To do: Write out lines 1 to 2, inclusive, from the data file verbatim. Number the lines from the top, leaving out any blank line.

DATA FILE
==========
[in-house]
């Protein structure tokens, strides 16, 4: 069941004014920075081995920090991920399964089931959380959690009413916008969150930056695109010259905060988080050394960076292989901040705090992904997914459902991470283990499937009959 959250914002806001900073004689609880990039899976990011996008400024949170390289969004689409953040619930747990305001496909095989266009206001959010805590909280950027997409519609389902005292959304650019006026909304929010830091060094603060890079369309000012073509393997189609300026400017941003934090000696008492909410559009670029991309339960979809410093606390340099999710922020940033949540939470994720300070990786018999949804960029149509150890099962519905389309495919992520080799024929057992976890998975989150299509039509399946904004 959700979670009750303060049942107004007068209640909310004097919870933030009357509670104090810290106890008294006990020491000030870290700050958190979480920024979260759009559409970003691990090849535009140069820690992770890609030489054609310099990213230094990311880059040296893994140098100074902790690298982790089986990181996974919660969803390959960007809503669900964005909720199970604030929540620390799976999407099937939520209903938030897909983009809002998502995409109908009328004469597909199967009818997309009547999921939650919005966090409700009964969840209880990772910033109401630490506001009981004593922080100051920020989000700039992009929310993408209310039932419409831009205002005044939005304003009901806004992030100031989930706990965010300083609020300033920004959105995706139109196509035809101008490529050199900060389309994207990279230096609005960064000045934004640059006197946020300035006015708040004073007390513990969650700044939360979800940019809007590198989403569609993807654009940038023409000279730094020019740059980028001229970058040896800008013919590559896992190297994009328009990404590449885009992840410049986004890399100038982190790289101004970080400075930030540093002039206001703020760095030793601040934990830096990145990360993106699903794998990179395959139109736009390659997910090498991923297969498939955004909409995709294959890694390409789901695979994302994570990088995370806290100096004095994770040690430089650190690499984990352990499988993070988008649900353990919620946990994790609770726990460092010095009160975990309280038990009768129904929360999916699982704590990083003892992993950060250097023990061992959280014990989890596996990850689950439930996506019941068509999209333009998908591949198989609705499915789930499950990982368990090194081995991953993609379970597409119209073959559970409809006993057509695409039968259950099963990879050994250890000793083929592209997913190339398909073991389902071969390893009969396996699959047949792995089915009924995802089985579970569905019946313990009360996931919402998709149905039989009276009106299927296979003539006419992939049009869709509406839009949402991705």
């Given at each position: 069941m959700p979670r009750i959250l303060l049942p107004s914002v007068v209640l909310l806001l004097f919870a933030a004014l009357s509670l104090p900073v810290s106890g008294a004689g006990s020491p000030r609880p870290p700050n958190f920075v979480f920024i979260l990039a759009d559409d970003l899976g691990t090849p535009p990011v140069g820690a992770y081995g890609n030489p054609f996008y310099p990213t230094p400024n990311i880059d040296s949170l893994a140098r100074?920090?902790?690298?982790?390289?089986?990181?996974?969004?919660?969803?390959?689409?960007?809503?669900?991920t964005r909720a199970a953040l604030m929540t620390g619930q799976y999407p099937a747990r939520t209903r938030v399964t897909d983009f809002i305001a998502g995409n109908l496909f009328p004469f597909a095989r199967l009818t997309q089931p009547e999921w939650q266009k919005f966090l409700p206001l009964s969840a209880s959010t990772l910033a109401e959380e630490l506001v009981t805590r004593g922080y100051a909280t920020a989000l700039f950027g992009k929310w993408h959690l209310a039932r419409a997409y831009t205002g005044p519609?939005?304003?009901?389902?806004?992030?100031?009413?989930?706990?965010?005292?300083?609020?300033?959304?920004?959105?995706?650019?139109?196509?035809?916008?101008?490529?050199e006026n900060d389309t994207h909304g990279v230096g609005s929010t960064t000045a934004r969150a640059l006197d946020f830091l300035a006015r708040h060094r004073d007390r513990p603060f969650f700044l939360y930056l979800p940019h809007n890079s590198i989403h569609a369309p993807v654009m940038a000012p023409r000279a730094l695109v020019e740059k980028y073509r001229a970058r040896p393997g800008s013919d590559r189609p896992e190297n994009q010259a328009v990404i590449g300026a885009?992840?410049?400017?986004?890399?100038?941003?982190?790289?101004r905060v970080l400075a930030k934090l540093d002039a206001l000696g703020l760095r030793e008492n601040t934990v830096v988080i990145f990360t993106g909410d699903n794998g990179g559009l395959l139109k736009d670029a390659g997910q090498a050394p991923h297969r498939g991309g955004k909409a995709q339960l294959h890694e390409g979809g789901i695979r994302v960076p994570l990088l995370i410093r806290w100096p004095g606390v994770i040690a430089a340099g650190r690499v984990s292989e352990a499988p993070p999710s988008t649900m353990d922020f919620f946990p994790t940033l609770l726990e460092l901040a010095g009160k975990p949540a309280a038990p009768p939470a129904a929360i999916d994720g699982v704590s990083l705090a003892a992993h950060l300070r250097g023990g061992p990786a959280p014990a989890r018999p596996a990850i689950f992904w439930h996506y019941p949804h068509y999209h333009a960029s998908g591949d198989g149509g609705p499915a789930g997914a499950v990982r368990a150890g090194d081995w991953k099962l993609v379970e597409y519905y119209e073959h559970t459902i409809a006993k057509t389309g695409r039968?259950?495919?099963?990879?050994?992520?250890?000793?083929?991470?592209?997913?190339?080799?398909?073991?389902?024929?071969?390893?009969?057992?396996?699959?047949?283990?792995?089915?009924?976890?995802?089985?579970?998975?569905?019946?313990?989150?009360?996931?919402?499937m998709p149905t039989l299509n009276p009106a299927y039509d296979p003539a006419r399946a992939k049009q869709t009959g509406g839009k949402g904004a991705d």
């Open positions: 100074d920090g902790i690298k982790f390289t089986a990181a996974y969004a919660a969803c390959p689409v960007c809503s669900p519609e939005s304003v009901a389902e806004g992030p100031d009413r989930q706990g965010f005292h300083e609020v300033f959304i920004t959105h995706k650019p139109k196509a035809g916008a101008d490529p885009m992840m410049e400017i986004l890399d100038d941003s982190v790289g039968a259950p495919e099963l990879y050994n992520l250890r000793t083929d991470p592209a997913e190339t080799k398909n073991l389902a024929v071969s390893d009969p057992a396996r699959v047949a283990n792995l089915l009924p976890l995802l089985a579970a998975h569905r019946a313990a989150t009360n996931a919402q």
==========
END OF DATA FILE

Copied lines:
[in-house]
């Protein structure tokens, strides 16, 4: 069941004014920075081995920090991920399964089931959380959690009413916008969150930056695109010259905060988080050394960076292989901040705090992904997914459902991470283990499937009959 959250914002806001900073004689609880990039899976990011996008400024949170390289969004689409953040619930747990305001496909095989266009206001959010805590909280950027997409519609389902005292959304650019006026909304929010830091060094603060890079369309000012073509393997189609300026400017941003934090000696008492909410559009670029991309339960979809410093606390340099999710922020940033949540939470994720300070990786018999949804960029149509150890099962519905389309495919992520080799024929057992976890998975989150299509039509399946904004 959700979670009750303060049942107004007068209640909310004097919870933030009357509670104090810290106890008294006990020491000030870290700050958190979480920024979260759009559409970003691990090849535009140069820690992770890609030489054609310099990213230094990311880059040296893994140098100074902790690298982790089986990181996974919660969803390959960007809503669900964005909720199970604030929540620390799976999407099937939520209903938030897909983009809002998502995409109908009328004469597909199967009818997309009547999921939650919005966090409700009964969840209880990772910033109401630490506001009981004593922080100051920020989000700039992009929310993408209310039932419409831009205002005044939005304003009901806004992030100031989930706990965010300083609020300033920004959105995706139109196509035809101008490529050199900060389309994207990279230096609005960064000045934004640059006197946020300035006015708040004073007390513990969650700044939360979800940019809007590198989403569609993807654009940038023409000279730094020019740059980028001229970058040896800008013919590559896992190297994009328009990404590449885009992840410049986004890399100038982190790289101004970080400075930030540093002039206001703020760095030793601040934990830096990145990360993106699903794998990179395959139109736009390659997910090498991923297969498939955004909409995709294959890694390409789901695979994302994570990088995370806290100096004095994770040690430089650190690499984990352990499988993070988008649900353990919620946990994790609770726990460092010095009160975990309280038990009768129904929360999916699982704590990083003892992993950060250097023990061992959280014990989890596996990850689950439930996506019941068509999209333009998908591949198989609705499915789930499950990982368990090194081995991953993609379970597409119209073959559970409809006993057509695409039968259950099963990879050994250890000793083929592209997913190339398909073991389902071969390893009969396996699959047949792995089915009924995802089985579970569905019946313990009360996931919402998709149905039989009276009106299927296979003539006419992939049009869709509406839009949402991705």